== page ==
An organization calling itself Safe Cities Northwest is aiming to create public-private surveillance networks in Portland, Oregon and Seattle, Washington. The organization claims that it is building off of a “successful model for public safety” that it built in San Francisco. However, it’s hard to call that model successful when it has been at the center of a civil rights lawsuit against the city of San Francisco, been used to spy on a number of public events, including Black-led protests against police violence and a Pride parade, and is now facing resistance from a neighborhood hoping to prevent the spread of the surveillance program.
In San Francisco, the organization SF Safe connects semi-private Business Improvement Districts (BID) and Community Benefit Districts (CBD) with the police by funding large-scale camera networks that blanket entire neighborhoods. BIDs and CBDS, also known as special assessment districts, are quasi-government agencies that act with state authority to levy taxes in exchange for supplemental city services. While they are run by non-city organizations, they are funded with public money and carry out public services.
These camera networks are managed by staff within the neighborhood and streamed to a local control room, but footage can be shared with other entities, including individuals and law enforcement, with little oversight. At least six special assessment districts in San Francisco have installed these camera networks, the largest of which belongs to the Union Square BID. The camera networks now blanket a handful of neighborhoods and cover 135 blocks, according to a recent New York Times report.
In October 2020, EFF and ACLU of Northern California sued San Francisco after emails between the San Francisco Police Department and the Union Square BID revealed that police were granted live access to over 400 cameras and a dump of hours of footage in order to monitor Black Lives Matter protests in June 2020. By gaining access, the SFPD violated San Francisco’s Surveillance Technology Ordinance, which prohibits city agencies like the SFPD from acquiring, borrowing, or using surveillance technology without prior approval from the city’s Board of Supervisors.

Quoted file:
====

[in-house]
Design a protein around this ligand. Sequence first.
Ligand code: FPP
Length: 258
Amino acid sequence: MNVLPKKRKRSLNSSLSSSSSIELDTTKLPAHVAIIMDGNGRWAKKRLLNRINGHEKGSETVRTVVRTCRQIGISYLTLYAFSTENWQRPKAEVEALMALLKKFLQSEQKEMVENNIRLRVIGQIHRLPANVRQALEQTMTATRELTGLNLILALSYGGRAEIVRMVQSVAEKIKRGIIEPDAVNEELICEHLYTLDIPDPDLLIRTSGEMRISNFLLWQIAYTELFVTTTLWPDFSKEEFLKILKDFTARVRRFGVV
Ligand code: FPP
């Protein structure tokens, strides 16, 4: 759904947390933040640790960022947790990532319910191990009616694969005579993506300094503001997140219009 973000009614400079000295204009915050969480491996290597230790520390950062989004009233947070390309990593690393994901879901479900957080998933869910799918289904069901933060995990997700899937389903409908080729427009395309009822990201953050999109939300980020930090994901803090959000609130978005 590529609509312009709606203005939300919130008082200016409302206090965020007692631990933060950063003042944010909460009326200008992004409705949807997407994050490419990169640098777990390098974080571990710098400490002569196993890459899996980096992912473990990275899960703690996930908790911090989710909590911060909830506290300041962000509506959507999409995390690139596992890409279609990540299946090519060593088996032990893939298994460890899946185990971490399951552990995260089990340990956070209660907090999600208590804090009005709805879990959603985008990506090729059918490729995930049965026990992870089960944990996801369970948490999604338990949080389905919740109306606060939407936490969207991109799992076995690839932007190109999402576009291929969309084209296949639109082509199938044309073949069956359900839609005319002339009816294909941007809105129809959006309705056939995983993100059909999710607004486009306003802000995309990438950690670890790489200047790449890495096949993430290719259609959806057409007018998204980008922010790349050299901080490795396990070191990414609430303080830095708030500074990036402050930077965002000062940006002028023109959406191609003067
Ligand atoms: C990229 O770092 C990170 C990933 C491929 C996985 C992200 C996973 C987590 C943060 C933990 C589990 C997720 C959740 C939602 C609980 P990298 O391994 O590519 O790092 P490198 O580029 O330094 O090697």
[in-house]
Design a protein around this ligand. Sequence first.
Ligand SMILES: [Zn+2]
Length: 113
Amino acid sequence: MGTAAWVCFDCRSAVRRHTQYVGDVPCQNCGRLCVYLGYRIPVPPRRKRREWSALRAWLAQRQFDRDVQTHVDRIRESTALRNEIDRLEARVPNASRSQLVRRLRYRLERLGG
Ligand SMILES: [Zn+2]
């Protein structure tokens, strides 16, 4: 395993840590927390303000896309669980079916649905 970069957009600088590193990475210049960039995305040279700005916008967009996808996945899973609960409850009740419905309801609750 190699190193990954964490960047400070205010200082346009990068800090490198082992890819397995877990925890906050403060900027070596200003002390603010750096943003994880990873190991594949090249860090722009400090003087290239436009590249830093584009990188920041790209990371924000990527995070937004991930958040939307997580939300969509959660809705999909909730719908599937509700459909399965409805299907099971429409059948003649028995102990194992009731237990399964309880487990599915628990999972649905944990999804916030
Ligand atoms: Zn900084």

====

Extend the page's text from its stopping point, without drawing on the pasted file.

Subsequent reporting by the SF Examiner revealed that June 2020 had not been the first time the SFPD had gotten approval for live access to the camera networks without permission of the Board of Supervisors, and that prior instances included surveillance of a Super Bowl parade and a Pride parade.
Seeing how police have been known to request live access to the camera networks in order to surveil public events, residents of San Francisco’s Castro neighborhood, the city’s historically LGBTQ+ area, have contested plans to install its own camera network.
Seattle and Portland have both been home to large-scale protest movements, both historically and within the last year. City residents that have already grappled with government spy planes and the Department of Homeland Security throwing people into unmarked vans could soon also be confronted by a semi-private widespread camera network, unregulated and without input from the community. The introduction of these new public-private camera networks further threatens the political activity of everyone from grassroots activists and organizers to casual canvassers and demonstrators by opening them up to more surveillance and potential retribution.
Make no mistake: businesses, many of which already have security cameras, will join these new camera networks based on the premise they will help fight crime. But once consolidated into a single network, this system of hundreds of cameras will prove too tempting for police to ignore, as occurred in San Francisco. For Portland in particular, which unlike Seattle or San Francisco does not have an ordinance that restricts law enforcement’s use of surveillance technologies, residents would have fewer tools to combat the new threat to First Amendment-protected activities. Seattle residents should pay close attention to ensure their police department seeks city council approval and holds public meetings before gaining access to any BID/CBD camera networks.
EFF is standing by to help residents and organizations on the ground combat the spread of surveillance networks that act like a private entity when they want to avoid regulations, but a public camera network when they want to help police spy on protests.